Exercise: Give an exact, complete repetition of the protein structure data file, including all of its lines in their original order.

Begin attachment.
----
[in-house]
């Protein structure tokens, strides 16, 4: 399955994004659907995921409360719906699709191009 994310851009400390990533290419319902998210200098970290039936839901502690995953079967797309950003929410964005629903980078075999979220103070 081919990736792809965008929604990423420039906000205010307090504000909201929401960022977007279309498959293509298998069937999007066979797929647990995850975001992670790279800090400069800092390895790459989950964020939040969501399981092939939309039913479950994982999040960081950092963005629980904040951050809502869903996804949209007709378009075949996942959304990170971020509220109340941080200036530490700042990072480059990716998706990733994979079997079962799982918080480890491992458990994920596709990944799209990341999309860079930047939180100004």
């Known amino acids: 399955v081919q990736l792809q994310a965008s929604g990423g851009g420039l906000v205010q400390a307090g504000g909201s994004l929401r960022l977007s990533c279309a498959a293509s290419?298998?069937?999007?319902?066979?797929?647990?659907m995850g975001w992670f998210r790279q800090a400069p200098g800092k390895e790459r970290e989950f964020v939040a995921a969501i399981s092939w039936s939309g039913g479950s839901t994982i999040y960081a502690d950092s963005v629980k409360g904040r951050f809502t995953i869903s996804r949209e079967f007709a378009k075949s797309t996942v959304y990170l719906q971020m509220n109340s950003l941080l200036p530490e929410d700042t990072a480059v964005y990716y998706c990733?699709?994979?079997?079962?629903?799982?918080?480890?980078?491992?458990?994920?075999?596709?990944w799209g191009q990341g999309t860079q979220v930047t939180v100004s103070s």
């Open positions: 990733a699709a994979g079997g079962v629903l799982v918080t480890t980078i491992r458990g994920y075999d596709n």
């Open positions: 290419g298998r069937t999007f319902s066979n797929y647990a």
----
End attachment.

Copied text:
[in-house]
């Protein structure tokens, strides 16, 4: 399955994004659907995921409360719906699709191009 994310851009400390990533290419319902998210200098970290039936839901502690995953079967797309950003929410964005629903980078075999979220103070 081919990736792809965008929604990423420039906000205010307090504000909201929401960022977007279309498959293509298998069937999007066979797929647990995850975001992670790279800090400069800092390895790459989950964020939040969501399981092939939309039913479950994982999040960081950092963005629980904040951050809502869903996804949209007709378009075949996942959304990170971020509220109340941080200036530490700042990072480059990716998706990733994979079997079962799982918080480890491992458990994920596709990944799209990341999309860079930047939180100004």
């Known amino acids: 399955v081919q990736l792809q994310a965008s929604g990423g851009g420039l906000v205010q400390a307090g504000g909201s994004l929401r960022l977007s990533c279309a498959a293509s290419?298998?069937?999007?319902?066979?797929?647990?659907m995850g975001w992670f998210r790279q800090a400069p200098g800092k390895e790459r970290e989950f964020v939040a995921a969501i399981s092939w039936s939309g039913g479950s839901t994982i999040y960081a502690d950092s963005v629980k409360g904040r951050f809502t995953i869903s996804r949209e079967f007709a378009k075949s797309t996942v959304y990170l719906q971020m509220n109340s950003l941080l200036p530490e929410d700042t990072a480059v964005y990716y998706c990733?699709?994979?079997?079962?629903?799982?918080?480890?980078?491992?458990?994920?075999?596709?990944w799209g191009q990341g999309t860079q979220v930047t939180v100004s103070s």
């Open positions: 990733a699709a994979g079997g079962v629903l799982v918080t480890t980078i491992r458990g994920y075999d596709n």
């Open positions: 290419g298998r069937t999007f319902s066979n797929y647990a």